News
Pacific Northwest Ballet principal Noelani Pantastico (center), corps member Christopher D'Ariano and soloist Dylan Wald rehearse Balanchine's Agon. Lyndsay Thomas, Courtesy PNB

We always love a ballet streaming event. That's why you need to clear your afternoon (or at least keep your phones and laptops handy) on Wednesday, September 25. At 12:00 pm PST/3:00 pm EST, Pacific Northwest Ballet will be streaming rehearsals for George Balanchine's Agon, led by founding artistic director Francia Russell. The company is gearing up to perform the neoclassical masterpiece for their season opening program September 27-October 6, along with Kent Stowell's Carmina Burana.

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Angle and Kowroski in Christopher Wheeldon's Liturgy. Photo by Paul Kolnik, courtesy NYCB

When I joined the New York City Ballet, I had a million questions. How soon before a performance should I get ready? When should I eat dinner—before or after the performance? How long should I wear my false eyelashes before I throw them out? Should I practice hard steps onstage before the curtain goes up or save them for the show? How long should my warm-up be? How do I do well in this career?

Before long, I discovered that the older dancers were willing to help us newbies. Wendy Whelan, for instance, took me under her wing and helped me with everything from my hair and makeup to what to eat for energy before a performance.

I wanted to see what questions NYCB's newest batch of corps members Mira Nadon, Kennard Henson and Gabriella Domini had. To answer their questions, I spoke to two of our most senior dancers, Maria Kowroski (who's been with the company 24 years) and Jared Angle (who's danced here 21 years).

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News
Costume sketches for Alexei Ratmansky's new "Harlquinade" for ABT. Courtesy ABT.

Wonder what's going on in ballet this week? We've pulled together some highlights.


ABT's New Harlequinade is Finally Here

The long wait for Alexei Ratmansky's Harlequinade for American Ballet Theatre is finally over. June 4-9, catch ABT at the Metropolitan Opera House in this bold and colorful tribute to the Italian commedia dell'arte traditions, based on the archival notes of Marius Petipa. If this trailer by Ezra Hurwitz is any indication, this new story ballet is sure to delight (fingers crossed that those dogs make their way to the stage).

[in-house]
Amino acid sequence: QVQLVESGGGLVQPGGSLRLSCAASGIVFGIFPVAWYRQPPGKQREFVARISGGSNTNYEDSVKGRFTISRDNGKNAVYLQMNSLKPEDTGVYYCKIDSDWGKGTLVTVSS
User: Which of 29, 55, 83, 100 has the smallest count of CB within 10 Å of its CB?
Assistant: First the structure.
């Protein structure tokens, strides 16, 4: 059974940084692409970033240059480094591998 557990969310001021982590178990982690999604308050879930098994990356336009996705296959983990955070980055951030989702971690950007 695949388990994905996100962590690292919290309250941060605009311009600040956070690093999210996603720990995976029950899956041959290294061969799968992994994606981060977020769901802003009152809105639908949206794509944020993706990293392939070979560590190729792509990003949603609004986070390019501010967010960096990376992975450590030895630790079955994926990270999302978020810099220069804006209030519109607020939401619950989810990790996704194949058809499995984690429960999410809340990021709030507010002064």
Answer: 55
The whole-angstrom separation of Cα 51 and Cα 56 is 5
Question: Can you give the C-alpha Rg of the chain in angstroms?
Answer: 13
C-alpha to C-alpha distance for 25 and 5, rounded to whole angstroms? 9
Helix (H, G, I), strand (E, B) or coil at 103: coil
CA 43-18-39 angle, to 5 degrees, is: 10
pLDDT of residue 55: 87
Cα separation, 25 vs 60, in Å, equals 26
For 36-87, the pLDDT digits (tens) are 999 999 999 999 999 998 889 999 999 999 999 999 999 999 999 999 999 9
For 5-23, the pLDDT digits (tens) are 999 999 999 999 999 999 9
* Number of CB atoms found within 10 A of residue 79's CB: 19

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Ballet Stars
NYCB's Miriam Miller and Unity Phelan in Côté Cour. Photo by Erin Baiano.

How do you make a leotard line stand out when there are so many options? Erica Sabatini, a former soloist with Carolina Ballet, makes it look easy with her pairing of architectural designs and bright colors. Before officially launching Côté Cour in 2015, Sabatini's interest in fashion was sparked during her Balanchine-based training at the Miami City Ballet School.

Phelan in MIA Multi Turquoise. Photo by Erin Baiano.

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Viral Videos
Bucharest National Ballet's 2013 trailer for "La Sylphide,' via YouTube

Few things are more powerful for promoting ballet performances than captivating trailers—especially in today's visually-focused, digitally-connected world.

We've rounded up some eye-catching ads from seasons past and present that not only make us wish we could have seen the show, but also stand alone as short films.

Bucharest National Opera's La Sylphide

Magnifying the scarf which—spoiler alert—brings about the ballet's tragic conclusion, this 2013 Bucharest National Opera's trailer turns that fateful fabric into a beautiful, deadly web. Its windswept movements form a dance of its own.

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Just for fun
Bucharest National Ballet's 2013 trailer for "La Sylphide,' via YouTube

Few things are more powerful for promoting ballet performances than captivating trailers—especially in today's visually-focused, digitally-connected world.

We've rounded up some eye-catching ads from seasons past and present that not only make us wish we could have seen the show, but also stand alone as short films.

Bucharest National Opera's La Sylphide

Magnifying the scarf which—spoiler alert—brings about the ballet's tragic conclusion, this 2013 Bucharest National Opera's trailer turns that fateful fabric into a beautiful, deadly web. Its windswept movements form a dance of its own.

Keep reading... Show less
News
Nevada Ballet Theatre in Balanchine's "Slaughter on Tenth Avenue." Photo by Virginia Trudeau, Courtesy NBT.

Wonder what's going on in ballet this week? We've pulled together some highlights.


New York City Ballet's Jerome Robbins Festival Opens with World Premiere by Justin Peck

This week marks the start of NYCB's Robbins 100 festival, running May 3-20, celebrating the centennial of choreographer Jerome Robbins. The company will dance 19 Robbins' ballets as well as a world premiere by resident choreographer Justin Peck inspired by Robbins and set to a score by Leonard Bernstein. The centennial of Bernstein, Robbins' longtime collaborator, will also be celebrated this year. This striking trailer offers glimpses of some of Robbins' most beloved ballets, including Fancy Free and The Cage.

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Ballet Stars
Edward Villella, Arthur Mitchell and Jacques d'Amboise. Photo by Noam Galai/Getty Images, Courtesy NDI.

On Monday night, the National Dance Institute—the arts education organization founded by former New York City Ballet star Jacques d'Amboise—presented Balanchine's Guys, a lively discussion with d'Amboise and two other NYCB greats: Arthur Mitchell and Edward Villella. Many of their former NYCB colleagues, including Patricia McBride and Suki Schorer, were in the audience, and while the evening was sold out, NDI live-streamed part of the conversation. We know many of you weren't able to catch it, so we've included the video from NDI's Facebook page below. (There's a bit of a sound delay, but it's well worth the watch!)